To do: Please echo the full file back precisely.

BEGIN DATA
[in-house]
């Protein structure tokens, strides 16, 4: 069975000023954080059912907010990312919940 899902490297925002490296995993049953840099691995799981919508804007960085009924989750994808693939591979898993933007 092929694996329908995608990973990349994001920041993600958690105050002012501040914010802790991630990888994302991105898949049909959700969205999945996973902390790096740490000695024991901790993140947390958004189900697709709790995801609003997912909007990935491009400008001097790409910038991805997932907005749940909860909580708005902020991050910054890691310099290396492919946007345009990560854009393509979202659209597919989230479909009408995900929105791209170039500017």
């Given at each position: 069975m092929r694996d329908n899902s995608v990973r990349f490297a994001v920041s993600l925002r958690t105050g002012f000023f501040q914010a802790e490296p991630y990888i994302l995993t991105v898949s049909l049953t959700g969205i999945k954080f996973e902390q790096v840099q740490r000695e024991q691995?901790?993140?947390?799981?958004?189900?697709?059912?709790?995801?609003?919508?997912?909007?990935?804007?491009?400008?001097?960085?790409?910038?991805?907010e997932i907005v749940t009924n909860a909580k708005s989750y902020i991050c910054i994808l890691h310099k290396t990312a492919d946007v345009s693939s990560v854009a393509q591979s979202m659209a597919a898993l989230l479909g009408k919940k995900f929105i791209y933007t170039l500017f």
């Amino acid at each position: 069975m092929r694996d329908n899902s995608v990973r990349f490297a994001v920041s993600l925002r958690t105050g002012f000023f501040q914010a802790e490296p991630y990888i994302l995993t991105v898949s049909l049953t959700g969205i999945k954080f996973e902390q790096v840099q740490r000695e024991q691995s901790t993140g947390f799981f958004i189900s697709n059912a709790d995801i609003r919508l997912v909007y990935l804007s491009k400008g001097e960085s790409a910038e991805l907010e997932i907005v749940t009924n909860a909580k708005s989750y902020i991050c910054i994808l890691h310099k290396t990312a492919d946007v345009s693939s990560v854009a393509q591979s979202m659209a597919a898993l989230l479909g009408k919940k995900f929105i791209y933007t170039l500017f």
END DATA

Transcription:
[in-house]
């Protein structure tokens, strides 16, 4: 069975000023954080059912907010990312919940 899902490297925002490296995993049953840099691995799981919508804007960085009924989750994808693939591979898993933007 092929694996329908995608990973990349994001920041993600958690105050002012501040914010802790991630990888994302991105898949049909959700969205999945996973902390790096740490000695024991901790993140947390958004189900697709709790995801609003997912909007990935491009400008001097790409910038991805997932907005749940909860909580708005902020991050910054890691310099290396492919946007345009990560854009393509979202659209597919989230479909009408995900929105791209170039500017």
């Given at each position: 069975m092929r694996d329908n899902s995608v990973r990349f490297a994001v920041s993600l925002r958690t105050g002012f000023f501040q914010a802790e490296p991630y990888i994302l995993t991105v898949s049909l049953t959700g969205i999945k954080f996973e902390q790096v840099q740490r000695e024991q691995?901790?993140?947390?799981?958004?189900?697709?059912?709790?995801?609003?919508?997912?909007?990935?804007?491009?400008?001097?960085?790409?910038?991805?907010e997932i907005v749940t009924n909860a909580k708005s989750y902020i991050c910054i994808l890691h310099k290396t990312a492919d946007v345009s693939s990560v854009a393509q591979s979202m659209a597919a898993l989230l479909g009408k919940k995900f929105i791209y933007t170039l500017f």
């Amino acid at each position: 069975m092929r694996d329908n899902s995608v990973r990349f490297a994001v920041s993600l925002r958690t105050g002012f000023f501040q914010a802790e490296p991630y990888i994302l995993t991105v898949s049909l049953t959700g969205i999945k954080f996973e902390q790096v840099q740490r000695e024991q691995s901790t993140g947390f799981f958004i189900s697709n059912a709790d995801i609003r919508l997912v909007y990935l804007s491009k400008g001097e960085s790409a910038e991805l907010e997932i907005v749940t009924n909860a909580k708005s989750y902020i991050c910054i994808l890691h310099k290396t990312a492919d946007v345009s693939s990560v854009a393509q591979s979202m659209a597919a898993l989230l479909g009408k919940k995900f929105i791209y933007t170039l500017f």